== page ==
M.K.'s father Bomba is an eccentric man who has devoted his life to studying the forest surrounding his home. He is determined to find the tiny creatures he's been studying...to the point of obsession. When M.K. first arrives, he is distracted and awkward. M.K. seems to take second place to his work. In reality, M.K. is very important to him...but he has to figure out a way to get past all the distractions and tell her.
Bomba was funny and quirky but throughout his performance you could see glimpses of his uncertainty and his desire to make a connection with his daughter. Some of his animation was pretty jerky and sporadic, but for his character it worked. He was kind of a jerky and sporadic person (jerky as in movement, not personality). ;)
(played by Colin Farrell)
In reality, there is indeed a tiny kingdom in the forest just near Bomba's house. The community is made up of bugs, animals, living flower and plant people, and Leaf Men, the brave protectors of the Queen, who controls all life in the forest. The leader of the Leafmen (or at least, that was my understanding) is Ronin. A firm and intense warrior, he has devoted his life to protecting the Queen, who appears to be more than just a leader to him. Ronin is serious and disciplined and takes nothing lightly.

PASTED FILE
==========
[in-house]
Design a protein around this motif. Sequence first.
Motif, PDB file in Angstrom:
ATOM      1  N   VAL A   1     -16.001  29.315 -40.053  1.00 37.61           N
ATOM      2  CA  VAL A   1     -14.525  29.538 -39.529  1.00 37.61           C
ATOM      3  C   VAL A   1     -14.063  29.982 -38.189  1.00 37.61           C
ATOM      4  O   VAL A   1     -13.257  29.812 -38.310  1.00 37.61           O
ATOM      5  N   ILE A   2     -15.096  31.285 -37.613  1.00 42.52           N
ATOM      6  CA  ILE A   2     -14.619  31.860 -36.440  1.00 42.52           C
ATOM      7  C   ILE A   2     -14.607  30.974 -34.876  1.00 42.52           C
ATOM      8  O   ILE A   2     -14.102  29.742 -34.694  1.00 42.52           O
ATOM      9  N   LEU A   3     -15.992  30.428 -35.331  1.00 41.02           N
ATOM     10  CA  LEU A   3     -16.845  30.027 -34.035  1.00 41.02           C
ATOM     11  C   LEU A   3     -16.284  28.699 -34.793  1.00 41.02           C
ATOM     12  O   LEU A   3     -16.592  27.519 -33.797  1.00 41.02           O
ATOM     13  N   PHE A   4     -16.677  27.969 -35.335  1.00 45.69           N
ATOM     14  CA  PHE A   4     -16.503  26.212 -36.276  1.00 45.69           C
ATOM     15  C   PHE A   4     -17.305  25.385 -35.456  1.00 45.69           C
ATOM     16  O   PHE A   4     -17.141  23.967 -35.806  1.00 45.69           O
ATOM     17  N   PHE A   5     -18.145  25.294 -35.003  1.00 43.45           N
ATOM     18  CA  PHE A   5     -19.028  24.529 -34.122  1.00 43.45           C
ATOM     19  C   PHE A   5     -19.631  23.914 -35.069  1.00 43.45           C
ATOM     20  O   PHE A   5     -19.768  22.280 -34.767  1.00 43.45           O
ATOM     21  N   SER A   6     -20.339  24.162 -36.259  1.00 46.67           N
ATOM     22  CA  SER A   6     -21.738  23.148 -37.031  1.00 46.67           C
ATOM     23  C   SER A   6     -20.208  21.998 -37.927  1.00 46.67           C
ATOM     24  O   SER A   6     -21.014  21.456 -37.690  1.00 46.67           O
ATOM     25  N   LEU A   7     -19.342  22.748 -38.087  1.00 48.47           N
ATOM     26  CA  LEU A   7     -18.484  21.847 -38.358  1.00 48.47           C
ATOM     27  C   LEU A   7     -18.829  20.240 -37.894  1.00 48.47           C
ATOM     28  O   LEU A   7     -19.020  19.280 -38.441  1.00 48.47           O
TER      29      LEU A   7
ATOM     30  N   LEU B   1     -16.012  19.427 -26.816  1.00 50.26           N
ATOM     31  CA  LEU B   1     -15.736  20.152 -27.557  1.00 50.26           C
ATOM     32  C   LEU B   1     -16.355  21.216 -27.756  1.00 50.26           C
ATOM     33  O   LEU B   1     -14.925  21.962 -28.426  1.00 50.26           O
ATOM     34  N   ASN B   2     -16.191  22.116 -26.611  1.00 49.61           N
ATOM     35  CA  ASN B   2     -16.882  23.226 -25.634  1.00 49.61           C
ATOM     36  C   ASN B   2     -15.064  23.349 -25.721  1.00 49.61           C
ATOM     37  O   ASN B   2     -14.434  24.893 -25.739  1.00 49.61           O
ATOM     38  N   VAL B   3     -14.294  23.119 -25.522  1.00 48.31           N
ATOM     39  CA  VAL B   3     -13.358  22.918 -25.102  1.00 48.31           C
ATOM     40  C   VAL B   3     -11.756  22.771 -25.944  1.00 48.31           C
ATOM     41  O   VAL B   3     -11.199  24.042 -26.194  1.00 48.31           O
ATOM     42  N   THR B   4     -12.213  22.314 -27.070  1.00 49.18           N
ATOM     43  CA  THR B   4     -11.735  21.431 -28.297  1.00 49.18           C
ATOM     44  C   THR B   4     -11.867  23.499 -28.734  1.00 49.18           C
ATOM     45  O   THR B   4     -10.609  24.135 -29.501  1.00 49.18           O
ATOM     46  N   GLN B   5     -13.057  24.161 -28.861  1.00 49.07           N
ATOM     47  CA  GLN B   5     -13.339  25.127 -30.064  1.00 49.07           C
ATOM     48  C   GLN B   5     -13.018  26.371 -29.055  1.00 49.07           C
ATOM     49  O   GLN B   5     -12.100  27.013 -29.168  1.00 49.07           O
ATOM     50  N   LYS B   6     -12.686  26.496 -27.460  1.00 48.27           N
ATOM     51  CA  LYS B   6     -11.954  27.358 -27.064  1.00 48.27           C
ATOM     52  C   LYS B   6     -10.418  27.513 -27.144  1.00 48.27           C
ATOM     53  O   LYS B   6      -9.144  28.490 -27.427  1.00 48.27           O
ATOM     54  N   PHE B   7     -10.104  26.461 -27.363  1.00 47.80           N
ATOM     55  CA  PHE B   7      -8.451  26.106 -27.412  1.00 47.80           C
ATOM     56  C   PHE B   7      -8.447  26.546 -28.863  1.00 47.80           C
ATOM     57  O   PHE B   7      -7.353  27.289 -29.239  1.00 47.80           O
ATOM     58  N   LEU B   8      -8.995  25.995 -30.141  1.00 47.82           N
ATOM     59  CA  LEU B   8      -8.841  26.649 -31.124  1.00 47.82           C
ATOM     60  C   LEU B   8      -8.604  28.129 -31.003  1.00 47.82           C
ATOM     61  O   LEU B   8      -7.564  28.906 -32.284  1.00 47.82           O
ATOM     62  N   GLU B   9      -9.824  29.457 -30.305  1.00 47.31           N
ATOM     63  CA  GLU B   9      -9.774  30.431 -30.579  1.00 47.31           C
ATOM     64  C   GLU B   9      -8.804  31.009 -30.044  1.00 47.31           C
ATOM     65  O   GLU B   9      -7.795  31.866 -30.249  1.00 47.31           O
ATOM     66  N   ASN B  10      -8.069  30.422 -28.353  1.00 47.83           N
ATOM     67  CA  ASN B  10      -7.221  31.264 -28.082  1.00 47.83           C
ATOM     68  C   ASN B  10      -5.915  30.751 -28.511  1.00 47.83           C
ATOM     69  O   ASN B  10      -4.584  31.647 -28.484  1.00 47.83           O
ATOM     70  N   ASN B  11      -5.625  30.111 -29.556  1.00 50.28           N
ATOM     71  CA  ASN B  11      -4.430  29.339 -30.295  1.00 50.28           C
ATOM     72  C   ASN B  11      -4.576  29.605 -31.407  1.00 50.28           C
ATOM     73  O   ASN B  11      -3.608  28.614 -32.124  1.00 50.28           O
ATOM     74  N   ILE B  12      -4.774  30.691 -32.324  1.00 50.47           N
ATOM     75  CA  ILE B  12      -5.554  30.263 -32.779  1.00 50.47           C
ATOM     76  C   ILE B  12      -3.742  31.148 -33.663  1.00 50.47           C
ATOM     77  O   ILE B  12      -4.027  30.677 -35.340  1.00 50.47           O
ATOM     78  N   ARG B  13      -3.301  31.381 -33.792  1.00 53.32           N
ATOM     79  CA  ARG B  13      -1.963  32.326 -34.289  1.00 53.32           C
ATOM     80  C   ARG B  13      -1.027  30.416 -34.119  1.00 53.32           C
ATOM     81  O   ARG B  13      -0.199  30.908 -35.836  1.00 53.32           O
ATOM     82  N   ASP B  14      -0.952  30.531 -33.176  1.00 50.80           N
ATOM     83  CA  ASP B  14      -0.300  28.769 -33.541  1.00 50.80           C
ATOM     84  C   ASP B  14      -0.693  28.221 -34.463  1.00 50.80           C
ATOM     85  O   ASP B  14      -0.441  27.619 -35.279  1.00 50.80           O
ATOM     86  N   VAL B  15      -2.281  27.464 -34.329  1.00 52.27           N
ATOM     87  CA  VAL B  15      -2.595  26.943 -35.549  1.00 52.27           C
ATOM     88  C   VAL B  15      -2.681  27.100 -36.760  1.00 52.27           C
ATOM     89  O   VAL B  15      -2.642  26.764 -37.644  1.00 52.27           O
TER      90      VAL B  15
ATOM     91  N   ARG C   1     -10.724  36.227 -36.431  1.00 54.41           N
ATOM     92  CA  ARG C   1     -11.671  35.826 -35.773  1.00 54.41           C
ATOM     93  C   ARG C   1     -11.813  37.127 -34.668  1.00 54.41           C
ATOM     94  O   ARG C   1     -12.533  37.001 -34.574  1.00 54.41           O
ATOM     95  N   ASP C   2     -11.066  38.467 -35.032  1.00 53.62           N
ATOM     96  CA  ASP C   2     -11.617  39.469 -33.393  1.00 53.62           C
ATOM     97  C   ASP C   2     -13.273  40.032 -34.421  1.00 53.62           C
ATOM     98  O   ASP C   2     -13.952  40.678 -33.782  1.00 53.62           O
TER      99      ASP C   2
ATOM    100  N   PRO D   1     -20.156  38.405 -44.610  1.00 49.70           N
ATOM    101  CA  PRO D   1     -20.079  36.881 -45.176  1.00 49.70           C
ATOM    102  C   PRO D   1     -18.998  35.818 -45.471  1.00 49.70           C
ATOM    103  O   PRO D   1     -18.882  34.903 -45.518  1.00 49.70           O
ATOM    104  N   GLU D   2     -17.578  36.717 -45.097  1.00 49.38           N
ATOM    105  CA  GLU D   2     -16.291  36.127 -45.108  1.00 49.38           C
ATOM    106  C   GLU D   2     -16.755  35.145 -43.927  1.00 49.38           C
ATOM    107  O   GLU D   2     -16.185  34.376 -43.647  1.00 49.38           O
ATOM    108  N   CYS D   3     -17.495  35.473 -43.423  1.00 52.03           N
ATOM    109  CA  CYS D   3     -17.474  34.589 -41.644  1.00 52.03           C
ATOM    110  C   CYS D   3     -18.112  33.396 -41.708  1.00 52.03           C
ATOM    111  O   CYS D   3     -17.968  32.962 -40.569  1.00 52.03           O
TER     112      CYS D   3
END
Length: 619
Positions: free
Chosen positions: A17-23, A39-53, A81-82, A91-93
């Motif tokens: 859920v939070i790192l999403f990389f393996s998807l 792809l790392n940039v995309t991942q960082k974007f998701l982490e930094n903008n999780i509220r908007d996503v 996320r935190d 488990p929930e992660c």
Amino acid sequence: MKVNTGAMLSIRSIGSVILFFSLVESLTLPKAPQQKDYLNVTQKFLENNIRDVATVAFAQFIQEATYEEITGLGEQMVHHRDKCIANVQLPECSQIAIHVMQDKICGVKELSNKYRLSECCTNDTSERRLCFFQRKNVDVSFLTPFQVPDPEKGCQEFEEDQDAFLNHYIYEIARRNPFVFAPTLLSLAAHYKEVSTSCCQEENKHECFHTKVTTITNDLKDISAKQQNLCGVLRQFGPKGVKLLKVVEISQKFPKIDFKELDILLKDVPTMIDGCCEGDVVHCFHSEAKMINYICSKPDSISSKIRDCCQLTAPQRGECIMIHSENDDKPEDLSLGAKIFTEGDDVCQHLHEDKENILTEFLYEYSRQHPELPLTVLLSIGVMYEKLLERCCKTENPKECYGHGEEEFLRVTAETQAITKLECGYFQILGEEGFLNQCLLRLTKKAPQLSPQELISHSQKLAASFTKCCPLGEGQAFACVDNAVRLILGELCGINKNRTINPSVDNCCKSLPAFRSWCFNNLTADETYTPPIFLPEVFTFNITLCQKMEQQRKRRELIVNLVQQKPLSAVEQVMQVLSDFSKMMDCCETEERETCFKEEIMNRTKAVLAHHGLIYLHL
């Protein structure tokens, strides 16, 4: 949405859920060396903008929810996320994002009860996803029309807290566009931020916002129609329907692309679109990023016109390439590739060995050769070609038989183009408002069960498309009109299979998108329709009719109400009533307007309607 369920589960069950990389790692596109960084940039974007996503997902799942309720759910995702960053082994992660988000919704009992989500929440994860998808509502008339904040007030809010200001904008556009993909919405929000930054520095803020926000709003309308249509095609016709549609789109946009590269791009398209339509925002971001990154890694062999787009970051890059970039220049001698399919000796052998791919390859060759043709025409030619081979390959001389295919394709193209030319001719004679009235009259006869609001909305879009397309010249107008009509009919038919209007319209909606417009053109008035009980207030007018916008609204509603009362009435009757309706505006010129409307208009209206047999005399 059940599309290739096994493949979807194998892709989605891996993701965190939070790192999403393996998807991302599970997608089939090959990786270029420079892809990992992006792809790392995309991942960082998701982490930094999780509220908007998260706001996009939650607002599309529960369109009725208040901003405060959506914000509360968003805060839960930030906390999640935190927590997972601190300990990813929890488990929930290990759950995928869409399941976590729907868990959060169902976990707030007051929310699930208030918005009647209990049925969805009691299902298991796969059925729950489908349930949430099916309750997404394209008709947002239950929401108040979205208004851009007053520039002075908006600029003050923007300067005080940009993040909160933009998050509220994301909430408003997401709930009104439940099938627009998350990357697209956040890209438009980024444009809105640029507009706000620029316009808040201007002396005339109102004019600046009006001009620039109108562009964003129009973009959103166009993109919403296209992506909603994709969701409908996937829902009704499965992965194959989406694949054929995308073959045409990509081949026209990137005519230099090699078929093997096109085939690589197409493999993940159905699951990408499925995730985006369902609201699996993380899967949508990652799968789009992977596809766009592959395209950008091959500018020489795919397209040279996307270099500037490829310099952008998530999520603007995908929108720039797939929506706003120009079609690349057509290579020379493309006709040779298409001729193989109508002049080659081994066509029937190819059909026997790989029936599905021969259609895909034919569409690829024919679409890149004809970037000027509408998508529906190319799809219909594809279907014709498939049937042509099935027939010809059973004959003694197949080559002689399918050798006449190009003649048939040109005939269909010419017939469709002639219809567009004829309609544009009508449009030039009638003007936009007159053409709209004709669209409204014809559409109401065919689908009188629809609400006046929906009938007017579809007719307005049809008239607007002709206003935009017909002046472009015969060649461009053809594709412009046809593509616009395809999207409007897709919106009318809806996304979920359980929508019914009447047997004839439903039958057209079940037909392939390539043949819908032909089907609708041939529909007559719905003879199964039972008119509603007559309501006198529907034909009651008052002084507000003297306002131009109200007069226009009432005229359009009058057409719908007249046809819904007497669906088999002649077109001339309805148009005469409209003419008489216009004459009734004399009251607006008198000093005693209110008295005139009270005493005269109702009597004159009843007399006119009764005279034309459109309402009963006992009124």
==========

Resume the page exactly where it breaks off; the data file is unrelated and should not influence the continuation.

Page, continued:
I found Ronin's character likable and Colin Farrell's performance believable. I tend to be drawn toward the rough, stern characters with tender hearts they bury deep inside themselves, though. ;)
(played by Josh Hutcherson)
Nod is Ronin's charge, left to his care after Nod's father died, and has a much lighter outlook on life. He's a fun-loving, easy-going guy who doesn't see why Ronin has to be so stern and serious all the time. As a result, their personalities often clash and they don't always see eye to eye. But both truly care for one another, even if they have a hard time admitting it.
Apparently this was Josh Hutcherson's first animated role. I thought he did very well overall, although there were a few times where his lines seemed a little stilted. I think some of that may have been due to the script. The story definitely didn't quite have the flow of a Pixar or Dreamworks animated film. One thing I did appreciate was the way Nod's character grew and matured throughout the course of the movie.